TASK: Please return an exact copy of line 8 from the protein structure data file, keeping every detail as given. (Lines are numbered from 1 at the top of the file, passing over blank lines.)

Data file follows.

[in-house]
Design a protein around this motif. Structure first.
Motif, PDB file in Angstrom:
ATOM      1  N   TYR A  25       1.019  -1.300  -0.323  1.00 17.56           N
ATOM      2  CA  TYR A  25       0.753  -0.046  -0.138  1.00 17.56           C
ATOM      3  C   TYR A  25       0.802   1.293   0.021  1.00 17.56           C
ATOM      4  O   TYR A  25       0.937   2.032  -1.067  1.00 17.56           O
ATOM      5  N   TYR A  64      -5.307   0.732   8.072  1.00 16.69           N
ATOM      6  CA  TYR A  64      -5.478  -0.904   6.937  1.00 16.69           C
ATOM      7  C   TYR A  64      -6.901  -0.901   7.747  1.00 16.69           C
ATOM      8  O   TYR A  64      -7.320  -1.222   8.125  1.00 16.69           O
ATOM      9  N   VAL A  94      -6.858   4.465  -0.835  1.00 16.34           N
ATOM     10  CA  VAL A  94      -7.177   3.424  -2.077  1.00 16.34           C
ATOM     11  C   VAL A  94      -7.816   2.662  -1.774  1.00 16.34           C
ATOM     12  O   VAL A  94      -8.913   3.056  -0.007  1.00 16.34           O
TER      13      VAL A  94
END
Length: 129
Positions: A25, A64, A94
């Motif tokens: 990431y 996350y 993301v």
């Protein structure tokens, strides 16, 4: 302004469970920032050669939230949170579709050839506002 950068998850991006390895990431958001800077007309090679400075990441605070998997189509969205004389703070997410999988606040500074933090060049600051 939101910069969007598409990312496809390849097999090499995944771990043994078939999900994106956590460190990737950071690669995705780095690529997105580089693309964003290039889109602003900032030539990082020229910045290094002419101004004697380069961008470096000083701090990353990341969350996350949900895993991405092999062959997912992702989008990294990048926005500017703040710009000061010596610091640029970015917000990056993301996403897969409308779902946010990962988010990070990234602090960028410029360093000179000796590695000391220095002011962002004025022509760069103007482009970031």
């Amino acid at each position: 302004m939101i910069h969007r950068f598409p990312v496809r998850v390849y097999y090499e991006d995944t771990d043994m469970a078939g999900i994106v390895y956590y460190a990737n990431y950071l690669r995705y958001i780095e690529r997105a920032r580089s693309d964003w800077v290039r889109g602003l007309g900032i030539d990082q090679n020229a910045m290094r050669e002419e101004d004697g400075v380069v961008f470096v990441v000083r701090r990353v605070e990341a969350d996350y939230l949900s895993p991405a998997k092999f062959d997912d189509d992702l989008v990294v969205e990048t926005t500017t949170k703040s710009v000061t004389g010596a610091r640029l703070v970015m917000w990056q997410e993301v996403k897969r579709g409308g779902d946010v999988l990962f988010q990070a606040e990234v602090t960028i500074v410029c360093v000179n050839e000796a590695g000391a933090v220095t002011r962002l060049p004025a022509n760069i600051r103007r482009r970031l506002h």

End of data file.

ATOM      5  N   TYR A  64      -5.307   0.732   8.072  1.00 16.69           N